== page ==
Johnny’s Hawaiian Small House Story

My story. I’m a self employed housekeeper/gardener/painter. Back in the 1990′s I set about buying a house. Can you guess what sort of reaction I got from mortgage bankers when I told them what I do for a living and how much money I earn?

I did all sorts of research with many weekend field trips and after a few years I found a piece of undeveloped property that I could afford with cash. I then I had plans for my home drawn up for a few hundred dollars.

I saved up for a septic system, a foundation, and then a shell, etc. I scavenged furniture from thrift shops and pulled things off the curb on bulk trash day. I’m not too proud for that. No Sir. It’s been twelve years now and the place is about as done as it’s likely to get. Looking back I could have made do with less space, but I love my little 480 square foot mortgage free cottage.

All those people who thought I was crazy for not building a “real” house? A lot of those folks lost their giant homes to foreclosure…

The cottage is located on the Big Island of Hawaii. The house was built over a period of several years beginning in 1999, but the cost for the house itself was about $31,000 – not including the land.

Other costs include $2,800 to connect to the electric grid and about $5,000 for a septic system. It’s impossible to drill a well in the area due to the brackish water so close to the ocean so the cottage is on rain water catchment from the roof. I started with a 1,000 gallon water storage tank for $800 and recently added two more larger water tanks for a total of 6,000 gallons at a cost of about $4,000. This was all done on a cash basis over a twelve year period.

The furniture is all second hand and objet trouve (trash sounds better in French…). I don’t think I spent more than $15 on any one piece besides the mattress which was bought new. Of course, there was a lot of time spent cleaning, sanding, staining, and painting the stuff.

Thanks Johnny for sharing your story and pictures, if you have a small house story of your own please email it to tinyhouseblog@gmail.com.

74 Comments Johnny’s Hawaiian Small House Story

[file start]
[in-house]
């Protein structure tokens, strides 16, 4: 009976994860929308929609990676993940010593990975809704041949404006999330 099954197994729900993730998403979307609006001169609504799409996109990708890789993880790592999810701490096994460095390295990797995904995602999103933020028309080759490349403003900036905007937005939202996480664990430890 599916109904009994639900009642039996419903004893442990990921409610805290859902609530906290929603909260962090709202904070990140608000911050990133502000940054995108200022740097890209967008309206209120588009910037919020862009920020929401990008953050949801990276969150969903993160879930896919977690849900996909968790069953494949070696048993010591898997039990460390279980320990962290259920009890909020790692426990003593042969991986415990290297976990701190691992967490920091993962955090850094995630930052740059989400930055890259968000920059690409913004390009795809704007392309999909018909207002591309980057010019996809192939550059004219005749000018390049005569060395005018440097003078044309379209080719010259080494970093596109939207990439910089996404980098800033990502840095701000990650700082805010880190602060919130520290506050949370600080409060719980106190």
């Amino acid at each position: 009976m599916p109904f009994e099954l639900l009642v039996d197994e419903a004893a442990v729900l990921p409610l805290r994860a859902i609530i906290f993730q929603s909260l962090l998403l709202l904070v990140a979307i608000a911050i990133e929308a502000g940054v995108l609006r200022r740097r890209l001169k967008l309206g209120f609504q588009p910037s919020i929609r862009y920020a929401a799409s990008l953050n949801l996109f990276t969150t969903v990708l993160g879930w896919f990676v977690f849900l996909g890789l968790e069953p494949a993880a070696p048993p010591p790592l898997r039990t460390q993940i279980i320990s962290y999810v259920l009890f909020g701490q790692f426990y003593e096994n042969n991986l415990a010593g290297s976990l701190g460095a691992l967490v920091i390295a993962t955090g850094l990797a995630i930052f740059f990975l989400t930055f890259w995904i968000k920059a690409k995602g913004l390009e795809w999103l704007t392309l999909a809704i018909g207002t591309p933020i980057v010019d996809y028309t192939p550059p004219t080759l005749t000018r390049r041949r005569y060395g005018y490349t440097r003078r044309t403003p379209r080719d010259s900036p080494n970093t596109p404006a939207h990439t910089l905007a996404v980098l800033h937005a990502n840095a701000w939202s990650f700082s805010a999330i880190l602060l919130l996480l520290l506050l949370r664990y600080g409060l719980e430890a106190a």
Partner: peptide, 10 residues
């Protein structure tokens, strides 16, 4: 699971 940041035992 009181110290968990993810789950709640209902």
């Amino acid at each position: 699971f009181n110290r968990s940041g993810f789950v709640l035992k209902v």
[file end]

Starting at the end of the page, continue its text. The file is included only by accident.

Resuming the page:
1. aesya

    i love seeing everything in this little neat house; the paint, furniture, arrangement,photo frames, even the fruits ooh, the simplicity of the entire house is sooo calming. Its home! Great job, great saving!

    Reply
  2. Gina

    Very nice job everything is really nice you’ve done great job. I’m wondering if the government charges you lots of money for property tax. I’ve heard living in your area is expensive that no one can afford to live there except the military or other government employees. Is that true?

    Reply
  3. claudia

    great story and house…please don’t apologize for recycling things left on the curb – it is creative and keeps objects out of landfill! besides maintaining a small footprint – recycling is the next best thing!

    Reply
  4. Samuel

    I watched the interview and this is an amazing house for $30,000 plus $3,000 for the land.

    I would love to buy a house like this in a few years and take a few years off.

    Reply
  5. Sami Noor

    I own alot in LA County, and need some help in building
    a Tiny House on the lot!
    Who can help me getting all the formalities and
    the construction work done.
    I am willing to pay a good price!
    Any help will be highly appreciated!
    Thanks in advance

    Reply
  6. bruce k

    You say you could have done with less space … so why did the shower get relegated to outdoors. I love the idea of an outdoor shower, but I am not sure I would want all my showers to have to be outdoors!

    A really beautiful job and a beautiful story. Best of luck with your rightsized life and thanks for sharing this story.

    Reply
  7. Steve

    My friend and I often talk about doing something like this but we doubt we could jump through all the hoops & rules put in place. Congrats on finding a way through the codes & permits and getting yourself a sweet spot. I also have my the bed as the most important feature of my small apt.
    I’m wondering what that plot of land is worth now.

    Reply

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